And there are broader implications too. Immigrants do not 'take' from the country they enter. Poverty in one part of the world does not fuel wealth elsewhere.
It is time to ditch the arithmetic, and rehumanize our relationships. It is time to change the language. If, in business, we are talking about morale, learning, motivation and customer delight - instead of processes, systems, synergy and alignment - then we are being more accurate, as well as more ethical. We unveil the inter-dependence that is the reality of an organisation.
Unshrink exposes the absurdity of the conventional business planner, where the working assumption is 'People do not behave like people'. It asserts, for example:
'In the light of the overwhelming evidence that downsizing and business process re-engineering led to some ghastly mistakes, even some of its architects have acknowledged that they "forgot the people element". This apology is a bit feeble. No one would cheer zoologists who announced that, after 20 years of study, they had recognised that the effort of termites was, after all, an important part of the process of making termite mounds.'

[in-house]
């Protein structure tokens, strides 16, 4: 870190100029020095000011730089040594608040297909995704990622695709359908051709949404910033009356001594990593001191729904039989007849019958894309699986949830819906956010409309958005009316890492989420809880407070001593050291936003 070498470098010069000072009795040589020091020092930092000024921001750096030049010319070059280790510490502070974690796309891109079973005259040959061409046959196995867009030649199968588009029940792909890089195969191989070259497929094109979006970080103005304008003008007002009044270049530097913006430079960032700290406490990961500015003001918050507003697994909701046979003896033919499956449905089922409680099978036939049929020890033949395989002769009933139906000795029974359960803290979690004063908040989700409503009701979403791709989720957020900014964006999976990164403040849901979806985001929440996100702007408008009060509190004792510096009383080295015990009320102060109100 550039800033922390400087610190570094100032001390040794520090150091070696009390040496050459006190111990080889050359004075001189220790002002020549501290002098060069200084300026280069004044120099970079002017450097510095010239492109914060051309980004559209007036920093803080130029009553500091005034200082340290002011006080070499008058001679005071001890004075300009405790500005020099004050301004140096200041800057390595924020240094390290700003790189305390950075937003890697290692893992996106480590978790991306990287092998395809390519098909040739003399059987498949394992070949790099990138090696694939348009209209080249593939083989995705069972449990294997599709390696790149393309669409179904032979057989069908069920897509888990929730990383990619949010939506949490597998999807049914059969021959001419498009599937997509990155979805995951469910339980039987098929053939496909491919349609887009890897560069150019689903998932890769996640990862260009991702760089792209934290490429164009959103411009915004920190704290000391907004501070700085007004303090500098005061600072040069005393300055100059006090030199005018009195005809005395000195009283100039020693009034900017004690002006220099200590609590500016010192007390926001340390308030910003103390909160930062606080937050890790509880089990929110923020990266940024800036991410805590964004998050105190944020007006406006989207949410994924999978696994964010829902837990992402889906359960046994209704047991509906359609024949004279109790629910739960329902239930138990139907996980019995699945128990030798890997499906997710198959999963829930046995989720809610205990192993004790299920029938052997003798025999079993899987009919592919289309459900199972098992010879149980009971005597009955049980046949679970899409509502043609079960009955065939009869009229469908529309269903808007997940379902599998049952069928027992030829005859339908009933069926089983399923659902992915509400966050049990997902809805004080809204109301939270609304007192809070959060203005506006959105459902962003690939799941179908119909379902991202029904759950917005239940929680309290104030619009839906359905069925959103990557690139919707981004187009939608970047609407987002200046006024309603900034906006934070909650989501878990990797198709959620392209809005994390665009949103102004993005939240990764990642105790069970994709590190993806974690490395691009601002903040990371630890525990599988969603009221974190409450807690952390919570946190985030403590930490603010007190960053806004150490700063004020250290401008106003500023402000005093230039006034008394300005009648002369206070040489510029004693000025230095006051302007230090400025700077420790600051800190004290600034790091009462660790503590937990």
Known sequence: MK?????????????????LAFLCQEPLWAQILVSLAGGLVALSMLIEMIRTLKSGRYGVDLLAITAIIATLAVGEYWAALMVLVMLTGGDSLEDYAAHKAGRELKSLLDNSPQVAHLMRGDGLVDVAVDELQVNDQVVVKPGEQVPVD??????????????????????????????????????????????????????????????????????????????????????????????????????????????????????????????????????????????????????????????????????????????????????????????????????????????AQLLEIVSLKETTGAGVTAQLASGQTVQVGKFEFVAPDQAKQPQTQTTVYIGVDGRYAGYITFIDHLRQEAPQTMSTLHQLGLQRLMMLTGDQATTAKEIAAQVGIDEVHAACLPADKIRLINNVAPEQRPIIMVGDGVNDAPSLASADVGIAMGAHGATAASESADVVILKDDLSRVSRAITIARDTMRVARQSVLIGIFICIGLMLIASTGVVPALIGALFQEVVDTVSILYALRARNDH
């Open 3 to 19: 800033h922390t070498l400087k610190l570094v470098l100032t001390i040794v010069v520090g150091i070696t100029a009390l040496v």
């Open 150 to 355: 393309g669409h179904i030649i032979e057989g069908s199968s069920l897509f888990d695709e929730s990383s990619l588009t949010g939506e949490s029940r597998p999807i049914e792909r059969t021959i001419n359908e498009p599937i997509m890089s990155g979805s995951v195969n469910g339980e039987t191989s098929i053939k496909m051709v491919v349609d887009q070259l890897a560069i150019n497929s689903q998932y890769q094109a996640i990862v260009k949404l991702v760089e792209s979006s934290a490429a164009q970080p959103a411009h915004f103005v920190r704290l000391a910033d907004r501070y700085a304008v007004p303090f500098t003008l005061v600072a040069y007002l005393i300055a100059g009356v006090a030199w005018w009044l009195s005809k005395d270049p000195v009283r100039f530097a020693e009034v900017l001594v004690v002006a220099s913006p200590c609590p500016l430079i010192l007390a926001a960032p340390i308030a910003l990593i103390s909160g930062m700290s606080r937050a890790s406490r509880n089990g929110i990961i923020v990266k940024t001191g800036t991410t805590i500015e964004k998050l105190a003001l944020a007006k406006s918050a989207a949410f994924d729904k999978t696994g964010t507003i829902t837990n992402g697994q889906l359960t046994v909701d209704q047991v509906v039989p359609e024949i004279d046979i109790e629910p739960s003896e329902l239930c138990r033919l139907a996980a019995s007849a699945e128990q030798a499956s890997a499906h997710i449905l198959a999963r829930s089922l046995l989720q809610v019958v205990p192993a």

Our shrinking myths tell us that we are what we do, that work is more important than life, that capital creates value, that people are stupid, that people do as they are told, that all change is good, that plans must be kept secret, and that the organisation is a machine.
These myths cause good people to do harmful things. Unshrink discusses the sports coach who thinks that leadership means shouting; the companies that think that long hours boost profits, and the campaigners who think that to give to some you must steal from others. It exposes the fact that no research or logic supports these widespread assumptions.